"It's a car with so much potential and so much grip and not much power, and that's the tricky part - you have to be on that fine line of right on the limit but not overdrive it, so it's a car that you need time in.
"Some drivers get it quicker than others, but I really focused on maximising the car's potential, like Felix [Rosenqvist, who taught Stroll so much in 2015 in F3] was doing last year, and I think I'm at that level this year."
Stroll (pictured below with Pinto) has begun a testing programme in a 2014-spec Williams-Mercedes FW36. "We're starting very slowly," he says. "It's not like we're ready to jump into the next grands prix!
"I had Silverstone where it was like a shakedown day with about 20 laps, and then I was in Hungary and I did another 60 on the first day and 40 on the second day. So... getting into it, you know?
"The car is so impressive to drive. Of course it's a 2014 so it's not exactly where the 2016 is today, and it's going to be nothing to do with next year's car.
"Obviously it's a massive jump from F3 - in some ways, but not every way. Like I said, F3's a really good car, especially slower and middle-speed corners - mechanically it's great, but also aero-wise because you're able to carry a lot of speed in high-speed corners.
"F1 has more aero but there's also more weight, so it's different, and the power is really incredible - you just never stop going! In F3 you arrive at 260kph and then you kind of slow down there, but F1 if you keep going in a straight line you'll end up hitting 400 eventually!
"So it's really impressive and, with the speed you arrive at each corner, you're in one corner and then before you know it you're already at the next and you've got to be prepared to turn in.
"But it's everything in proportion. So the power goes up but then the grip goes up so... it's another car, there's other challenges to it, but it's very manageable to drive.
"It's just about getting in that rhythm, the same as when I came from F4 to F3 it was about getting in that rhythm, learning the car, and then eventually being on the limit of that car. So again it's a new process, a new learning experience."
Learning is something Stroll has done a lot of over the past three years with Prema, a team that arguably has F1 levels of skill across its management and engineering. Its most recent graduate from F3 to make it to F1 is 2014 champion Esteban Ocon, and coach Pinto - who also worked with the Frenchman - believes Stroll is just as deserving of his place.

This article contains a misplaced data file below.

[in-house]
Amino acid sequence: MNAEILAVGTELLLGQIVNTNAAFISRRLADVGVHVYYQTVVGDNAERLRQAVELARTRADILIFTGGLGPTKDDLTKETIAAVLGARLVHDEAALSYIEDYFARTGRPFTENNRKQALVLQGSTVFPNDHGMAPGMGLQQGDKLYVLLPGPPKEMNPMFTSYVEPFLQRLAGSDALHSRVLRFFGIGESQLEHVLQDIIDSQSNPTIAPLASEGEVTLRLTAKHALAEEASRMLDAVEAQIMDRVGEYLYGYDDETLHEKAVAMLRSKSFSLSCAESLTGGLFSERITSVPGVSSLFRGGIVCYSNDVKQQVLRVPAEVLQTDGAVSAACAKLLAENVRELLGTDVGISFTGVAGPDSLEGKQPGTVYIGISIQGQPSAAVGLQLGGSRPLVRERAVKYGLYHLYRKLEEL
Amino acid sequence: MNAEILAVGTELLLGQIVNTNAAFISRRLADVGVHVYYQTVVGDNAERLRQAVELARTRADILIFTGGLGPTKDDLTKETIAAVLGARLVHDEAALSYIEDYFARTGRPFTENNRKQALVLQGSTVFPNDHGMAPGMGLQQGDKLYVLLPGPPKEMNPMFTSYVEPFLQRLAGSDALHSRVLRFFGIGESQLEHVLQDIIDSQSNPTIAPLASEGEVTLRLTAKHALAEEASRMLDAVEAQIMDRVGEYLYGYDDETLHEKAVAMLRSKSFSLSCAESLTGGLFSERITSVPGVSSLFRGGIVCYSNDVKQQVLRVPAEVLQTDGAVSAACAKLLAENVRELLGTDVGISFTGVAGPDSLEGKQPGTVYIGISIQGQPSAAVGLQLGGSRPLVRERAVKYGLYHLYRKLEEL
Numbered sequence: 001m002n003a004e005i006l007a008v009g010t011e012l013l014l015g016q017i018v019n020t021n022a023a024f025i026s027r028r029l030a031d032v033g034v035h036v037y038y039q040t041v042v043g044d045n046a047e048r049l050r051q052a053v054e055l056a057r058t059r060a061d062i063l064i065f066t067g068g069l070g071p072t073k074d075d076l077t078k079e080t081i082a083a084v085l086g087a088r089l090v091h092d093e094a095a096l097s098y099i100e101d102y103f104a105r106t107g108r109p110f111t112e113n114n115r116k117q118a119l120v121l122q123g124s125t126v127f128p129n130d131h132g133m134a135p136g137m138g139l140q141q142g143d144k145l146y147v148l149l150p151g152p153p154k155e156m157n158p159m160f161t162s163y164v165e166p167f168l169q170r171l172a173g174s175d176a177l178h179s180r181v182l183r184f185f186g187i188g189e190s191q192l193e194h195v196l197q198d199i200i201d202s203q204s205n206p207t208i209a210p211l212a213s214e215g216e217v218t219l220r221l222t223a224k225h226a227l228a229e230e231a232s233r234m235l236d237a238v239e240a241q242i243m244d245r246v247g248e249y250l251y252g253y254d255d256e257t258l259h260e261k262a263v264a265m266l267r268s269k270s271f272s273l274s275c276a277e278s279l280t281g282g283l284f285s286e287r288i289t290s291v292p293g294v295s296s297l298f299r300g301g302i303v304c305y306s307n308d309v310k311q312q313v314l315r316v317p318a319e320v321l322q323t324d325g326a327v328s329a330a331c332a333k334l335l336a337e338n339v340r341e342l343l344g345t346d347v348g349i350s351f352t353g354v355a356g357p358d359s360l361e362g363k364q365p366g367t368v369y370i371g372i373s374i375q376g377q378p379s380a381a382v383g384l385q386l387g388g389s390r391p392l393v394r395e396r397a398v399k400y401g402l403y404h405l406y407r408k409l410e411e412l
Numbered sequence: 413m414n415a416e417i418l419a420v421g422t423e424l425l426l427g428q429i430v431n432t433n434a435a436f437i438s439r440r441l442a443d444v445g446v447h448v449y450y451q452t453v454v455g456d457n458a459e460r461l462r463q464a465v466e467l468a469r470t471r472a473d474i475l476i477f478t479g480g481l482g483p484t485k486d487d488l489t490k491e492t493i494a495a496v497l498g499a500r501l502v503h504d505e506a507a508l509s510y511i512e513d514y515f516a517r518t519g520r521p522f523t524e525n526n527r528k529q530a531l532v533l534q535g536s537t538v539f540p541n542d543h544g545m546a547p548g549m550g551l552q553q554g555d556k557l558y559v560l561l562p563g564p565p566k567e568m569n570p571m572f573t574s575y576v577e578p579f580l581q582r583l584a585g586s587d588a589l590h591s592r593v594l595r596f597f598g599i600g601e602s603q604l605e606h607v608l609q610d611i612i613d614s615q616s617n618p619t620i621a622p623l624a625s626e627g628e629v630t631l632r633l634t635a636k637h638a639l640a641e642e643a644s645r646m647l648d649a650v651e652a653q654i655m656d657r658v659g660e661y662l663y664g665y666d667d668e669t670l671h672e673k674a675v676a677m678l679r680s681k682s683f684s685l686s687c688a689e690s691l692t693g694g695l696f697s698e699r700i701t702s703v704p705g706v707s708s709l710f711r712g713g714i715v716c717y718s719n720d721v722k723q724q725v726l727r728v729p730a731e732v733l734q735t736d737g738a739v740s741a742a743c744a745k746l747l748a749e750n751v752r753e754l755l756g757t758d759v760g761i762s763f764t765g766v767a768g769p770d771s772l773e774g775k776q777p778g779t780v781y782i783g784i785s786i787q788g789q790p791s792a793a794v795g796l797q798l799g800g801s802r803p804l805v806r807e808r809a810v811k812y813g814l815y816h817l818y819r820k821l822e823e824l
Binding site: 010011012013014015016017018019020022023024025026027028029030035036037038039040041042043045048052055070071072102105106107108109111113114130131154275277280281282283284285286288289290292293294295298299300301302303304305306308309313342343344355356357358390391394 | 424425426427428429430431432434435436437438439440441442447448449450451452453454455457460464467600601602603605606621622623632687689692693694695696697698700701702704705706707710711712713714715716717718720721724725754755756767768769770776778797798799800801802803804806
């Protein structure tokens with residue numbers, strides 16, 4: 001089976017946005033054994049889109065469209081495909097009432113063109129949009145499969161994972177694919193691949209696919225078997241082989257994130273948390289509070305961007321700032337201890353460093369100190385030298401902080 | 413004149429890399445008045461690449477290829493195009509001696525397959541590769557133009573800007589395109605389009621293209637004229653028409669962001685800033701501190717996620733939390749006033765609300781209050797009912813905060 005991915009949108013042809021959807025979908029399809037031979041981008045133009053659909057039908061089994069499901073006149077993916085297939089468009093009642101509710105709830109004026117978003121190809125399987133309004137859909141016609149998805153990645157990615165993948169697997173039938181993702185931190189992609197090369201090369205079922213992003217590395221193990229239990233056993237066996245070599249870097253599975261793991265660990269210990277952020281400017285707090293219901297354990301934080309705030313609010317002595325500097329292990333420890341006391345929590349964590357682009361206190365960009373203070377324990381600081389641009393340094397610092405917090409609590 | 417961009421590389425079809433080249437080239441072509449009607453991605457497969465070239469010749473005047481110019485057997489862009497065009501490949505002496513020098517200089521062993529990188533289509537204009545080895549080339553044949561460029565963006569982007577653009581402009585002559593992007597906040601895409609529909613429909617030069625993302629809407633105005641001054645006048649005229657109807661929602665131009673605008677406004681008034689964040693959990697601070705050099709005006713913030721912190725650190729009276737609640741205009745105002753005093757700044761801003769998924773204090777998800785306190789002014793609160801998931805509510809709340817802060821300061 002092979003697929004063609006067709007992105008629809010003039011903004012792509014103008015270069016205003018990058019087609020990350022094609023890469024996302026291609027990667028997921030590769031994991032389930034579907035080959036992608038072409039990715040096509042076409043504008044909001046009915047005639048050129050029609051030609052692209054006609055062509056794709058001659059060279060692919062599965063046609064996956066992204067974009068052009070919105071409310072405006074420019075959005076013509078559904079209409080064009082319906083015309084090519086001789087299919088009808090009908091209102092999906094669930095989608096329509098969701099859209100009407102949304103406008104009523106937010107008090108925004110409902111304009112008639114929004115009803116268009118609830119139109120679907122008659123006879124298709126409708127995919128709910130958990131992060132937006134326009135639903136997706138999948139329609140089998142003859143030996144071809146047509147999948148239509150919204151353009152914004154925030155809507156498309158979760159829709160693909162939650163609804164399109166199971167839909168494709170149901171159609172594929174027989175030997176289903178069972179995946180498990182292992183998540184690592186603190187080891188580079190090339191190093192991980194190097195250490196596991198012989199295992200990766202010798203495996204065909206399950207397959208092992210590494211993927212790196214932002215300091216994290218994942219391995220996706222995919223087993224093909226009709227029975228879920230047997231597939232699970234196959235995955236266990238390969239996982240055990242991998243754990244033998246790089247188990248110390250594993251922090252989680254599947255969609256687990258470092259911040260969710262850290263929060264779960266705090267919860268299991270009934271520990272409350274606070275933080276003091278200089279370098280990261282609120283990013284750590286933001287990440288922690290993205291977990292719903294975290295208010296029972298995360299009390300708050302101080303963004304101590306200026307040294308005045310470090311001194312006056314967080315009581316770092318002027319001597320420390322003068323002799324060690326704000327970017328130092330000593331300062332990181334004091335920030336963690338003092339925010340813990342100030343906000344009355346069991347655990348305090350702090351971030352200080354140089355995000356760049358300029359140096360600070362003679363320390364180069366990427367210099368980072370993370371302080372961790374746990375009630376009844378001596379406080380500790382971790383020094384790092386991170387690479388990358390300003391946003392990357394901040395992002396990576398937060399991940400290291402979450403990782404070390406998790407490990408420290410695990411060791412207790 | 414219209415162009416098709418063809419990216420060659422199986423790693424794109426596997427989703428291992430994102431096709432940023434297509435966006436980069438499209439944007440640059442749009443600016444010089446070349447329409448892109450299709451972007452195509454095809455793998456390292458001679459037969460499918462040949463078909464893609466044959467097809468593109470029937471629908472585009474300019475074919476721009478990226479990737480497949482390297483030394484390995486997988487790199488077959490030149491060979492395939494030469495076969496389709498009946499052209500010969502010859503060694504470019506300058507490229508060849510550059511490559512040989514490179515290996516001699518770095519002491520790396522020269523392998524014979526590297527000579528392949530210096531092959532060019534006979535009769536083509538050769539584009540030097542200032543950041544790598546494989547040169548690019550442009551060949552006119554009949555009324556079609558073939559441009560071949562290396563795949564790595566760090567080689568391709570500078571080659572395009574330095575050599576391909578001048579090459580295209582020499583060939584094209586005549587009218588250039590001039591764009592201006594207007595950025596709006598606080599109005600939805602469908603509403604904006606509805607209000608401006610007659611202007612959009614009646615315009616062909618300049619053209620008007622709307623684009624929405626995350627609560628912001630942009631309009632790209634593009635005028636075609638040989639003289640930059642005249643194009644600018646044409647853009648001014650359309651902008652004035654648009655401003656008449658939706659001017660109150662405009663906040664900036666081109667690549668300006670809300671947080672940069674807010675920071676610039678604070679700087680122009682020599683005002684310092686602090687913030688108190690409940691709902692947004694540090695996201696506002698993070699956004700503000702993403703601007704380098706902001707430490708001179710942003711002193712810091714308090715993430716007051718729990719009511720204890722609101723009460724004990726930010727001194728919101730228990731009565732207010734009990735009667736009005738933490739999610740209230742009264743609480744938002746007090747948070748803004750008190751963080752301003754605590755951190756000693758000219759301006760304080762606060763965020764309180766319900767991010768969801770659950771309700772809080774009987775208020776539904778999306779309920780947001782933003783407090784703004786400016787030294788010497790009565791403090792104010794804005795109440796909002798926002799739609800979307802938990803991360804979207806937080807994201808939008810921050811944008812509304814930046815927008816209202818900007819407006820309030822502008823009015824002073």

"Yes I do, because Lance has won all the championships he has entered," he says. "Right from the first moment we tested Ocon we were all impressed, his speed was massive. He always had it and he kept it all year.
"What I like about Lance is he's still progressing - I rate him now as fast as any of our past champions [who also include Rosenqvist, Raffaele Marciello in 2013, Daniel Juncadella in '12 and Roberto Merhi in '11].
"A lot of times we look at his pole from a circuit and he's the same level as Felix and Esteban in terms of speed. But he hasn't reached the plateau yet. Every week he's getting better and he's also very young.
"So while the other two of our last champions [Rosenqvist and Ocon] we have no doubt about their speed and where they are, Lance is still getting better. What he was three years ago and what he is now, he is so much better."
The one question still unanswered regards Stroll's racecraft. He got involved in high-profile accidents fairly early in his rookie F3 season, and this year there has been controversy over apparent 'cooperation' in races from his team-mates.
Not that Stroll needed it because, even if you readjust the points as if these instances never happened, he would still have been crowned F3 champion by the time he left the penultimate round at Imola.
"We all saw Lance make mistakes last year, caused by his will and his anxiety to prove that he could win a race because of the speed he had," says Pinto. "And he did a couple of very visible mistakes, but then, in the second half of the year, no mistakes.
"And this year, if you analyse the whole year, he has never been into race control. So, very consistent, no mistakes, no late-braking-touch-somebody like it can happen with anyone who is still very young.
"Let's see now, because the racing will be different to F3 - F3 is much about speed and qualifying and starts and first lap, and it [F1] is a bit early to judge. But what is different in F1 is that the overtaking is more fake. It's hard for me to judge what is a great racer in F1."
Stroll himself is ready for the challenge. "I feel I'm pretty complete as a driver compared to where I used to be," he says.
"But I don't know exactly [how he'll perform] because there's still a lot I haven't learnt about F1 and how it works, and how the cars are to drive, so there's still a lot to discover."
The same goes for fans of F1, who may just discover an element of surprise that this young Canadian is not out of place at all.